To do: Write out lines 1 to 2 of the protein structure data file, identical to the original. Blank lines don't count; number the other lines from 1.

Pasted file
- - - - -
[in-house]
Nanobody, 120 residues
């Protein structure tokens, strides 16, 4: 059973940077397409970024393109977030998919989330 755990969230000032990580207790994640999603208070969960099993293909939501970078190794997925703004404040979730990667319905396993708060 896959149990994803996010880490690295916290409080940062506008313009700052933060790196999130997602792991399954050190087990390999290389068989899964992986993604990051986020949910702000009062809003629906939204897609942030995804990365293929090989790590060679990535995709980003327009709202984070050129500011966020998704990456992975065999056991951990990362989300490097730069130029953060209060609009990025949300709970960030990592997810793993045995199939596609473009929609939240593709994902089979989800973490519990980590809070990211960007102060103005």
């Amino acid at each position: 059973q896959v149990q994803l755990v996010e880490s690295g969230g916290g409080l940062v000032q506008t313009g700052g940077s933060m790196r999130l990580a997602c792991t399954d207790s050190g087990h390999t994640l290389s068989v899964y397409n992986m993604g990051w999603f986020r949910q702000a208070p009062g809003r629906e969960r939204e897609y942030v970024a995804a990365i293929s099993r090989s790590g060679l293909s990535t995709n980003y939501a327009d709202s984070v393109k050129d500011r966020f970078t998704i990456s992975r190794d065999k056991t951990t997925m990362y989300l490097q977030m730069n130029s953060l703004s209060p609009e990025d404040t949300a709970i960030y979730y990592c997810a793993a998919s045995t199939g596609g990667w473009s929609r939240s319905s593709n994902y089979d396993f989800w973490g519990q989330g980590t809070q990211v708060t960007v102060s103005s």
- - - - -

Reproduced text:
[in-house]
Nanobody, 120 residues